In a speech in Wilmington, Del., Mr. Biden intends to set out a plan that significantly expands on his call last year to spend $1.7 trillion to dramatically reduce fossil fuel use across the United States economy before 2050, the people familiar with the announcement said, part of a broader energy and infrastructure plan as Mr. Biden sketches out an economic recovery blueprint.

It comes after weeks of task force meetings on climate change between Mr. Biden’s allies and supporters of his one-time rival, Senator Bernie Sanders.

One major element of the announcement will include charting a path to “zero carbon pollution” from the United States electricity sector by 2035.

“That’s a huge transition in a decade and a half,” said Paul Bledsoe, a strategic adviser at the Progressive Policy Institute, a Democratic research organization. But, he said, setting out near-term targets like a clean electricity standard ‘is important to instill a sense of urgency.”

According to the Energy Information Association, coal and natural gas still account for more than 60 percent of the United States electricity sector.

One person who has been working with the campaign said Mr. Biden, who led the implementation of the 2009 Recovery Act, is expected to make the case that a major investment in wind, solar, electric vehicle charging stations and other renewable energy deployment will help revive the economy in the wake of the coronavirus. Mr. Biden is also expected to link environmental advocacy to issues of racial justice.

News of Mr. Biden’s plan for the clean electricity standard was first reported by Bloomberg News.

Mr. Biden has long faced skepticism over the scope of his climate ambitions from environmental activists and other progressives, but he has ramped up his efforts to engage on the subject in recent months.

“Vice President Biden will outline how his plan will create the good-paying union jobs we need to build a resilient and sustainable infrastructure now and deliver an equitable clean energy future,” his campaign said on Monday.

At noon Tuesday, Education Secretary Betsy DeVos is scheduled to hold a “virtual conversation” with Ohio chapters of the Federalist Society, a conservative legal group. On Thursday Ms. DeVos will appear at an event with Federalist Society members in Arizona. Last week Labor Secretary Eugene Scalia stopped in Florida, Commerce Secretary Wilbur Ross did a Texas event and Agriculture Secretary Sonny Perdue went to Arizona.

It’s hardly unusual for an incumbent president to dispatch cabinet secretaries for official events in important states ahead of a re-election campaign. But as Mr. Trump seeks to pressure local governments to open schools amid the coronavirus pandemic, Ms. DeVos’s appearances are particularly notable.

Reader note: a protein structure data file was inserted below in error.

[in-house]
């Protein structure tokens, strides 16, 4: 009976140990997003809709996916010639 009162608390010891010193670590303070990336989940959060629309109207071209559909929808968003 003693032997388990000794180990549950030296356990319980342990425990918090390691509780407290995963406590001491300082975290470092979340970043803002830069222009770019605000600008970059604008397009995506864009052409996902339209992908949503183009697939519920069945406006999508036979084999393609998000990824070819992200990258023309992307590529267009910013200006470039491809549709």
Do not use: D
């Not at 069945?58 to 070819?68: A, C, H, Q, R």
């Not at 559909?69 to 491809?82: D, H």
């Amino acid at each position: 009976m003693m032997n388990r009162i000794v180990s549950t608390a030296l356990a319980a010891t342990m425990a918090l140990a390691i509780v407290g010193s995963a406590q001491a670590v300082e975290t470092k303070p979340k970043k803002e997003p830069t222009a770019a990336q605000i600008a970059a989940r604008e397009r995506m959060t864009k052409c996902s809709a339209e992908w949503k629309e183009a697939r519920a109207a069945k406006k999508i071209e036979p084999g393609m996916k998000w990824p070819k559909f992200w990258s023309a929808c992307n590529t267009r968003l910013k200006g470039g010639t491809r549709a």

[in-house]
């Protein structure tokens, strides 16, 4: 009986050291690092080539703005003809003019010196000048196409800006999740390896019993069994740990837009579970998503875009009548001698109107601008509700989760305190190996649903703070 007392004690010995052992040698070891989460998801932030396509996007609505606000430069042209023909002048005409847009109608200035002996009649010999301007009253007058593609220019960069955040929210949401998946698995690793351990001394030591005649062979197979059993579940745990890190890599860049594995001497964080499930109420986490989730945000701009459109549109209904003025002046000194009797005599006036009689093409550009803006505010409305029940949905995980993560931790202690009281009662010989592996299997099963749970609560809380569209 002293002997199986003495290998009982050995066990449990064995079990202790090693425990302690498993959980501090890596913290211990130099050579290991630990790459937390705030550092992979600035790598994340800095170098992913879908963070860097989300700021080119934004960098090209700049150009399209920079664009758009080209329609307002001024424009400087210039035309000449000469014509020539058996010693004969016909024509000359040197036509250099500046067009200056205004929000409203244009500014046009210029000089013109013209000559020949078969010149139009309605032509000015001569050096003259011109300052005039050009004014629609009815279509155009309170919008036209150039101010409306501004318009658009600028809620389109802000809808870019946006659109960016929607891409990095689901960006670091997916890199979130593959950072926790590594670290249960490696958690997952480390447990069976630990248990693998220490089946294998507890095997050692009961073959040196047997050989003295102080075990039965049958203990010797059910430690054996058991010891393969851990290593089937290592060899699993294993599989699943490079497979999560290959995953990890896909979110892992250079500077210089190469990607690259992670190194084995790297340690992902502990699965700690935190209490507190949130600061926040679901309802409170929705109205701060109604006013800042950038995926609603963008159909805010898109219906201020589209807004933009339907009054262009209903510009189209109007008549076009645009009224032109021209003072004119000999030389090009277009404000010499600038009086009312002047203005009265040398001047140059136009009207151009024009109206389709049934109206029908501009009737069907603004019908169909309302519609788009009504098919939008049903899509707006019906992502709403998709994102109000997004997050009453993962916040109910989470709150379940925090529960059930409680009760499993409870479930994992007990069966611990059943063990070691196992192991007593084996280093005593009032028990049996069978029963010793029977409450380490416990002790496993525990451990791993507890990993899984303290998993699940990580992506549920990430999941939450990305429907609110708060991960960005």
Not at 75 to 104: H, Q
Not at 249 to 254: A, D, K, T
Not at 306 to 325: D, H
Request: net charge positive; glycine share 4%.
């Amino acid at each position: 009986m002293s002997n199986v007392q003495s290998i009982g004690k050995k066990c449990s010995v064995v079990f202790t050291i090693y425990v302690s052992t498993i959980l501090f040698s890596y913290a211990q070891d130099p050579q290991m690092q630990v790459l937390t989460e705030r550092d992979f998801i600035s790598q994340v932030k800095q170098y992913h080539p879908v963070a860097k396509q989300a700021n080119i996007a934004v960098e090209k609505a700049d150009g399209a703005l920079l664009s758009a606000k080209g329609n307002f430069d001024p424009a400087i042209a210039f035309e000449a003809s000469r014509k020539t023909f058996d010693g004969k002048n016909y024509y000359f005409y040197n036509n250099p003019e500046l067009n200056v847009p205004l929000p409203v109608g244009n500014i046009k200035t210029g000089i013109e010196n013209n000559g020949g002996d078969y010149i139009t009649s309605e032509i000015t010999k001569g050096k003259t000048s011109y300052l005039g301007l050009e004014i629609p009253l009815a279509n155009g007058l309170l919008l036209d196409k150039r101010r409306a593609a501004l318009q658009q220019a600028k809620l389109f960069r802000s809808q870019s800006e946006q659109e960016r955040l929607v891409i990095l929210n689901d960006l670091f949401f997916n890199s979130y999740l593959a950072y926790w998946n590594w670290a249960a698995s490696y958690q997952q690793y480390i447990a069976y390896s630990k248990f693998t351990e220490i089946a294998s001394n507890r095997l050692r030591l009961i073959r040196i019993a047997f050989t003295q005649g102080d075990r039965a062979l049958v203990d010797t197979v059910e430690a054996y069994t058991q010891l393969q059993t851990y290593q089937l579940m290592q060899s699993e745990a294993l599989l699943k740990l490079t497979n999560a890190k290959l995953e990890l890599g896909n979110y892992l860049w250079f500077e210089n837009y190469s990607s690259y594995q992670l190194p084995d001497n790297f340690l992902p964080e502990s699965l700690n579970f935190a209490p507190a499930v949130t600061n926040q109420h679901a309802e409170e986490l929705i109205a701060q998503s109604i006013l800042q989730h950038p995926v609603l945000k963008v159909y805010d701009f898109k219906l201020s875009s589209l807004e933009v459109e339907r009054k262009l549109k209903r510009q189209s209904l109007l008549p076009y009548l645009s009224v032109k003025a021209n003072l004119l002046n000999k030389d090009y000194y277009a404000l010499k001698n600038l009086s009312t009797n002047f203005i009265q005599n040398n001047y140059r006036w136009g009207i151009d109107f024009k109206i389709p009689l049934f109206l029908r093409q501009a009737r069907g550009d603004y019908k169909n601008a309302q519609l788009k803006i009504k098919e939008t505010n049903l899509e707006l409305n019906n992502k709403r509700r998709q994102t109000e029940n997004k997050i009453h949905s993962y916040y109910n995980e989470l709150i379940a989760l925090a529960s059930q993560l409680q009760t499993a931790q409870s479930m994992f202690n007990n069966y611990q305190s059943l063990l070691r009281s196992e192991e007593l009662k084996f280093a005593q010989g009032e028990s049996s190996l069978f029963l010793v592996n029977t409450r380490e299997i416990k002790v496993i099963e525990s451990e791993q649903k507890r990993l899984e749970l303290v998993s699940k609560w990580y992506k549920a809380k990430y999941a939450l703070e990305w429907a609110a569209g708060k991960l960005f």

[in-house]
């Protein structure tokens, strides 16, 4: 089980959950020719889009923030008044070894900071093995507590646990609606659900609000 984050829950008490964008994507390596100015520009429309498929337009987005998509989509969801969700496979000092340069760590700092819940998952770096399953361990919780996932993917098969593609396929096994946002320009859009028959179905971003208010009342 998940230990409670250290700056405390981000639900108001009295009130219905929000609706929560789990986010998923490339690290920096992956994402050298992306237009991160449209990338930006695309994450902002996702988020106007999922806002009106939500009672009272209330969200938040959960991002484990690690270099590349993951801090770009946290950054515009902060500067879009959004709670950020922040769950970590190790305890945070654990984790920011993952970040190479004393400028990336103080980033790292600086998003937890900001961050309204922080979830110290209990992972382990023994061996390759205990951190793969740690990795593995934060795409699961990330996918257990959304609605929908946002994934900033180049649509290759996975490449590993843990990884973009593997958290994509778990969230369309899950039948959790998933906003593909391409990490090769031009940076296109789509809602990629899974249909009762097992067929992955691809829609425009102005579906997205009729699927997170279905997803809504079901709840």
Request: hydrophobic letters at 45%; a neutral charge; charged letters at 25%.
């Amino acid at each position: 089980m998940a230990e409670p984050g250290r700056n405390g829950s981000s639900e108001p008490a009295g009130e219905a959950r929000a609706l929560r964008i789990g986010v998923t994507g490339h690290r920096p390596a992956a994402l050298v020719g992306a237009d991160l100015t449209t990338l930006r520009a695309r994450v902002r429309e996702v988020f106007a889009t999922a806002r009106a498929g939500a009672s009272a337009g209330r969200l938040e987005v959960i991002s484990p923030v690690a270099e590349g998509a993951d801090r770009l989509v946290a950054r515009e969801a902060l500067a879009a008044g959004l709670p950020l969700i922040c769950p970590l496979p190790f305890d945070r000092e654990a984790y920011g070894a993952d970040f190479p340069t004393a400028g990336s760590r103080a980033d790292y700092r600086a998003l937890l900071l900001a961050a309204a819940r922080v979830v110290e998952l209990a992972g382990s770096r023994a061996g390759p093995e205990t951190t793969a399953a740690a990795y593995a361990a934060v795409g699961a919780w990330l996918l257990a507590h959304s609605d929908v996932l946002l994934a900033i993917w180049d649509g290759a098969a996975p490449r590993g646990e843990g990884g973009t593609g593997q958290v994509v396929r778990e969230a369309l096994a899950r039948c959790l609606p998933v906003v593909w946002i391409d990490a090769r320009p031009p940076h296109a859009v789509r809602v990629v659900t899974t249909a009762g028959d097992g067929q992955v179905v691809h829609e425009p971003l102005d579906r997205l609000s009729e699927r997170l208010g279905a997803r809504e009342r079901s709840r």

For one, her Federalist Society appearances — she also spoke to Alabama chapters Monday ahead of the Senate primary runoff there — are closed to reporters. That’s left Democrats and local teachers’ unions with an unobstructed runway to bash her in the press. The head of Ohio’s largest teachers’ union referred to her call to reopen schools as “callous and clueless,” a quotation that was repurposed as a headline in the Columbus Dispatch.

She is also among the most unpopular figures in Mr. Trump’s government. No other cabinet secretary was regularly name-checked by Democratic presidential candidates in their stump speeches — pledges to replace her evoked nearly as much applause and enthusiasm as did promises to oust Mr. Trump. Limited polling of Trump administration officials has found more Americans strongly disapprove of Ms. DeVos than any other cabinet secretary.

All this comes as Ms. DeVos has become the latest new face of the Trump administration’s coronavirus response. She was dispatched to the Sunday cable news shows to defend and promote the president’s calls to reopen schools, which marked a stark departure from her decades of advocacy for local control of schools, as the Times’s Erica L. Green wrote yesterday.

“I think the go-to needs to be kids in school, in person, in the classroom,” Ms. DeVos said during a CNN interview Sunday. “Because we know for most kids, that’s the best environment for them.”

Yet while Ms. DeVos amplifies Mr. Trump’s calls to reopen schools, her appearances in Alabama, Arizona and Ohio this week, along with similar events in Louisiana and Kentucky earlier this month, have all been conducted online.

Biden cracks open a door to getting rid of the Senate filibuster.